What's your story? Hallucinations Media
This is a longer version of a story I wrote for Tampa Bay Businesses for Culture and the Arts’ 2016 Impact Awards night. Hallucinations Media designed centerpieces and did other work for the Oct. 20 TBBCA event.
Hallucination Media exists at that place where creativity collides with the cutting edge.
Steve “Monk” McClure and Bryan Nichols run a company that on any given day might project LED video images on a nightclub ceiling or sculpt a 4-foot tall stack of pancakes complete with the appearance of melting butter for a business promotion. The eclectic mix might call for collaborating with well-known local artists or using their laser to create candle holders and lanterns to sell directly to the public through etchpros.com.
“We want to give inspiration to people to use our talents as creative artists and visionaries to help develop certain things for them,” McClure said.
McClure built a multitude of contacts as a member of the electronic music group Rabbit in the Moon, which was one of the biggest touring electronic acts in the country in the mid 1990s.
“They were part of the first wave of the electronic era,” Nichols said.
McClure then found success working to bring electronic visuals to Tampa clubs and raves such as DNA, Evolution and Masquerade.
“It kind of gave me a lot of insight into how to entertain people,” he said. “It was just my passion. Pretty much my whole life up to now was spent with music and visuals and graphics.”
McClure and Nichols began working together in about 1999 on Hallucinations Before Christmas, an underground dance event that spoofs Tim Burton’s Nightmare Before Christmas and raises more food for charity than any other one-night event in Tampa. They are part of the fabric of the Tampa club scene.
“We wanted to be on the bleeding edge of everything always,” McClure said. “Once we met Bryan it helped us to do that.”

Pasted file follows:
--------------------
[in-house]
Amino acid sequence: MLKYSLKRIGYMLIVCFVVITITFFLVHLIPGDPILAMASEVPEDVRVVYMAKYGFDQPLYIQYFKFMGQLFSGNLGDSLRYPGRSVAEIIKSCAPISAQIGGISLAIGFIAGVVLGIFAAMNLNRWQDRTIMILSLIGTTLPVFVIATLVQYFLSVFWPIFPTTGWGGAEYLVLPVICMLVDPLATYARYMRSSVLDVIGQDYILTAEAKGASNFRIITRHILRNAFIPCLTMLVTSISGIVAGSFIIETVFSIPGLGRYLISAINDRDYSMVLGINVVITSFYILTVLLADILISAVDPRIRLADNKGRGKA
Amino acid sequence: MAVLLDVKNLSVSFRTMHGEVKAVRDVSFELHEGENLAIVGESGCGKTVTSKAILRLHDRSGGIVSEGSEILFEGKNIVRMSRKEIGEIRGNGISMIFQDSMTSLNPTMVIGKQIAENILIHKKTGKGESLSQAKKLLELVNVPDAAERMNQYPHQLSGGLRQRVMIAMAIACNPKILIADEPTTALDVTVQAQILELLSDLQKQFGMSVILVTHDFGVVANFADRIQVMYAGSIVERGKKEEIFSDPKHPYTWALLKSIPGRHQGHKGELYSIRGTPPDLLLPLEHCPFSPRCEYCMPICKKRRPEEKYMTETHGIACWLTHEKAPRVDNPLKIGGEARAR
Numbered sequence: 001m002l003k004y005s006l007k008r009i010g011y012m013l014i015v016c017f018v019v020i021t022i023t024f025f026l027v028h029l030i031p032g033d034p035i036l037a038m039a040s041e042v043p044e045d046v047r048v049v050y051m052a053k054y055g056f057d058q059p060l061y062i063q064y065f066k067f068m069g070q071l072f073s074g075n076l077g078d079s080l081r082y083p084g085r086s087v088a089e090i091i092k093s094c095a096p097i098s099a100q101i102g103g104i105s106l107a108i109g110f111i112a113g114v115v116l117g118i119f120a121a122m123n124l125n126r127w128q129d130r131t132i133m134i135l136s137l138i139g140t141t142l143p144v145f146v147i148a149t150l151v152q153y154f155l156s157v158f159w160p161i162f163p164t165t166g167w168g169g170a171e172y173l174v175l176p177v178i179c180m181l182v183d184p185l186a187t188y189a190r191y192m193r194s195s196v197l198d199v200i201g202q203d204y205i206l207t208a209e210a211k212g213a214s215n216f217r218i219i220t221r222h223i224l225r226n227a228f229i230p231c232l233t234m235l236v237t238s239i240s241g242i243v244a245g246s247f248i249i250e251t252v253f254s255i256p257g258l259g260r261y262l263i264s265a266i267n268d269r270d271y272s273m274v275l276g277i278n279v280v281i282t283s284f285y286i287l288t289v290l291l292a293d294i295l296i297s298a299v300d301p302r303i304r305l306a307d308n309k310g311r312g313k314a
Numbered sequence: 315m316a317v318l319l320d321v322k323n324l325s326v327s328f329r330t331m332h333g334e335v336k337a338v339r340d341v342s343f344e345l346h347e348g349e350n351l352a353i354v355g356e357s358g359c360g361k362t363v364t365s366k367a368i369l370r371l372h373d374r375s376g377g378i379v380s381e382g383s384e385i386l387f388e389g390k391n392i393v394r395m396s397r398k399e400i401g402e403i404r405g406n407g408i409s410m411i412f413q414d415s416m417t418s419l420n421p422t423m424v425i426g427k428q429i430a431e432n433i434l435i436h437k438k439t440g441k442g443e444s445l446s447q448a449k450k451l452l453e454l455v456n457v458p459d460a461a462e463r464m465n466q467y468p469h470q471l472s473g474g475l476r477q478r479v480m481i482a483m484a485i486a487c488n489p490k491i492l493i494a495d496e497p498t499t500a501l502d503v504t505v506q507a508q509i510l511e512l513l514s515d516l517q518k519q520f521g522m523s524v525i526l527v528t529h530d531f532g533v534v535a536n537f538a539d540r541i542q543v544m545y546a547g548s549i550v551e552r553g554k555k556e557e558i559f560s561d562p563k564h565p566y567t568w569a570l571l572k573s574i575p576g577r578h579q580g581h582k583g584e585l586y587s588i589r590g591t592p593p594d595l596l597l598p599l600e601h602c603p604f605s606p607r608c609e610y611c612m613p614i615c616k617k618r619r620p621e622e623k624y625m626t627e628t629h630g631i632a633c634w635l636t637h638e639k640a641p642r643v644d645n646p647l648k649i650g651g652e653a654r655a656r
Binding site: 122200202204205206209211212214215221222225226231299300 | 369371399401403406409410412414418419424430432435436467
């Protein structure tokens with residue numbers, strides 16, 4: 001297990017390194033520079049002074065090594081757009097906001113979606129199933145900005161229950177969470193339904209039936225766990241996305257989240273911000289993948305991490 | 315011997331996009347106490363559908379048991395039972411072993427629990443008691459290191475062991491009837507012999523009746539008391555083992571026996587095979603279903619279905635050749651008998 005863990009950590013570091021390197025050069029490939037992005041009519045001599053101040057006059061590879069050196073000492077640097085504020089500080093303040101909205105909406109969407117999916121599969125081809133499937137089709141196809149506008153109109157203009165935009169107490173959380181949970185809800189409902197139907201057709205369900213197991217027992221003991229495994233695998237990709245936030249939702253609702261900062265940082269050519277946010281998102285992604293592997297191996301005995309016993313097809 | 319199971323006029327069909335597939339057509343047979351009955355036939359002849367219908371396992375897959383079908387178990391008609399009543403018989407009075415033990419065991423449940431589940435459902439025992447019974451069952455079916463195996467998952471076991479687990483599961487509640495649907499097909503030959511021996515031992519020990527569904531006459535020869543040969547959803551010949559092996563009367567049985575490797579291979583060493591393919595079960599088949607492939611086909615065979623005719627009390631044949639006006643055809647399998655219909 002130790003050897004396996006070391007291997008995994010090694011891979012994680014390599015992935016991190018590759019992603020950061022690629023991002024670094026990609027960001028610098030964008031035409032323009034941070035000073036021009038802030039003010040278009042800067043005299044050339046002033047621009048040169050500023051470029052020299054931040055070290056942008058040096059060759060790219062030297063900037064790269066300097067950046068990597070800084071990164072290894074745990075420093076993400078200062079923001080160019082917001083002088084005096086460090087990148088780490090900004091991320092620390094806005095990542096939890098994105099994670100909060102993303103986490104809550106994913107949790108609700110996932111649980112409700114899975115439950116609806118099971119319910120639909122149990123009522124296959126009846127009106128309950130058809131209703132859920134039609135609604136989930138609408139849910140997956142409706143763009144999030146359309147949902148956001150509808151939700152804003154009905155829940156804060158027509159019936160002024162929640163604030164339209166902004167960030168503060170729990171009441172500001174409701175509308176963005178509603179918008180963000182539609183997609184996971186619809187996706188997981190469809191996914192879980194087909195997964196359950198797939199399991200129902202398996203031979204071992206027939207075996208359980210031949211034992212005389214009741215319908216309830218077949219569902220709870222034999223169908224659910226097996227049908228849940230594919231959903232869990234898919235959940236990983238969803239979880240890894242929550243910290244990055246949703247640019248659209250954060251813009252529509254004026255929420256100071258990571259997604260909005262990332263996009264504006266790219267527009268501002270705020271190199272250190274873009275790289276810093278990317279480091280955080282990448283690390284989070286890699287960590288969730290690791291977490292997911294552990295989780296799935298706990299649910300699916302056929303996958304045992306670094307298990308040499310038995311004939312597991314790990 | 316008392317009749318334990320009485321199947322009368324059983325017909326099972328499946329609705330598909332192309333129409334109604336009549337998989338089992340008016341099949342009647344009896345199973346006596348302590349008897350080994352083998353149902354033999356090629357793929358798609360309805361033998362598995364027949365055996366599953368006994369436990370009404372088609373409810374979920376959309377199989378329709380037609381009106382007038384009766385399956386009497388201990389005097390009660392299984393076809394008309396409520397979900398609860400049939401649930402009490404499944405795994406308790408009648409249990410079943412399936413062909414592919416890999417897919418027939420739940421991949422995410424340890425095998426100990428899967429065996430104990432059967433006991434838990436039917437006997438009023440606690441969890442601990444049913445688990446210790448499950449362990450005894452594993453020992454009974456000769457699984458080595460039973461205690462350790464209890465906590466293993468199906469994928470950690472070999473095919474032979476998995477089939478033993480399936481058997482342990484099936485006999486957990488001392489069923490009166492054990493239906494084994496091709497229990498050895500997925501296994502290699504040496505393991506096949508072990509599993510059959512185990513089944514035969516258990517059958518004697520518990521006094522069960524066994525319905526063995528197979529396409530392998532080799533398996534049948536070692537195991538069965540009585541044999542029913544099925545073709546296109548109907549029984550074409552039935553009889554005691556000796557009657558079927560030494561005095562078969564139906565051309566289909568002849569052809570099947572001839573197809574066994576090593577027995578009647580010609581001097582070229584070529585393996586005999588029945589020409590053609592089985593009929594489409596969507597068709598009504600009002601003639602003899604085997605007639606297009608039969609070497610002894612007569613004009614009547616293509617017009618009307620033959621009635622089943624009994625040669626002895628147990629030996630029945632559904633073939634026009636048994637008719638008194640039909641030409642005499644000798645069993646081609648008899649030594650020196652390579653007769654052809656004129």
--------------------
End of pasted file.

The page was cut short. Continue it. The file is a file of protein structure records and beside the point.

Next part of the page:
McClure and Nichols formed Hallucinations Media in 2007. They have pushed the limits with video projection imaging and the laser cutting, bringing local entertainment to new levels.
“Stuff you would only see with major touring acts.or the big festivals,” Nichols said, “we brought that to the small club level.”
While both contribute to the creative collaboration, McClure is more prone to brainstorming and getting a client fired up about an idea while Nichols handles the graphic and web design aspects.
“He’s creative director and grunt-work guy,” Nichols said. “And then I’m like the tech guy. I can do the programming, do graphic design, do programming the laser … and then we both do the final touches on everything.”
McClure loves to pursue an idea or twist on an idea that he never has seen done before, “And I’m in the background grumbling because I have to figure out how to do it,” Nichols said.
The goal is to emerge with Hallucinations Media as a design-build company that can conceive, design and execute projects as a single entity. So far, the variety of work has kept McClure and Nichols’ creative juices flowing.
“Just when we might be sick of one thing, we get the introduction to something new and we get inspired,” McClure said. “It’s a nice business to be in when you’re surrounding yourselves with creatives all the time.”